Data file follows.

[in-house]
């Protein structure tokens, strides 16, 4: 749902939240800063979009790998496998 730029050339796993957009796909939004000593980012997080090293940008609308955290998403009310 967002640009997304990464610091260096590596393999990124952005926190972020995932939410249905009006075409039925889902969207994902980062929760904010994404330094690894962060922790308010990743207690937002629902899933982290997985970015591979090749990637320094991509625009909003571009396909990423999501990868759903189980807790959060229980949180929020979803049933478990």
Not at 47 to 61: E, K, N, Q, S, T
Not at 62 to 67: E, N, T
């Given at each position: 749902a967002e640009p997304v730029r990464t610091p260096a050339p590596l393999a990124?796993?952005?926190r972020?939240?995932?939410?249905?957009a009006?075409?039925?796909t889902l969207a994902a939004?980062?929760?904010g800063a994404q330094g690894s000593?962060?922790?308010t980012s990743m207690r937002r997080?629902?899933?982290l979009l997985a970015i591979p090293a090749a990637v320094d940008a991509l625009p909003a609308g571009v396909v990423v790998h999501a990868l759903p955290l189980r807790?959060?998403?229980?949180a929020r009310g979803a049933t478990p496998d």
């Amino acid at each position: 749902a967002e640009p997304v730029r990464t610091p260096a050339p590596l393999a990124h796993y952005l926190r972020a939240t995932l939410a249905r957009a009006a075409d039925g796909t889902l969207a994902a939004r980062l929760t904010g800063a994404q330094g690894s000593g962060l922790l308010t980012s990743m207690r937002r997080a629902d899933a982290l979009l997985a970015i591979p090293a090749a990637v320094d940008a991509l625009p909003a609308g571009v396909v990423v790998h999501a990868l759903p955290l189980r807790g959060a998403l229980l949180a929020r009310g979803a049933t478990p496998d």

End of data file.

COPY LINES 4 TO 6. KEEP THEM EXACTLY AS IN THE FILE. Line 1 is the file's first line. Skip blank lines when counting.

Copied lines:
Not at 62 to 67: E, N, T
């Given at each position: 749902a967002e640009p997304v730029r990464t610091p260096a050339p590596l393999a990124?796993?952005?926190r972020?939240?995932?939410?249905?957009a009006?075409?039925?796909t889902l969207a994902a939004?980062?929760?904010g800063a994404q330094g690894s000593?962060?922790?308010t980012s990743m207690r937002r997080?629902?899933?982290l979009l997985a970015i591979p090293a090749a990637v320094d940008a991509l625009p909003a609308g571009v396909v990423v790998h999501a990868l759903p955290l189980r807790?959060?998403?229980?949180a929020r009310g979803a049933t478990p496998d």
């Amino acid at each position: 749902a967002e640009p997304v730029r990464t610091p260096a050339p590596l393999a990124h796993y952005l926190r972020a939240t995932l939410a249905r957009a009006a075409d039925g796909t889902l969207a994902a939004r980062l929760t904010g800063a994404q330094g690894s000593g962060l922790l308010t980012s990743m207690r937002r997080a629902d899933a982290l979009l997985a970015i591979p090293a090749a990637v320094d940008a991509l625009p909003a609308g571009v396909v990423v790998h999501a990868l759903p955290l189980r807790g959060a998403l229980l949180a929020r009310g979803a049933t478990p496998d």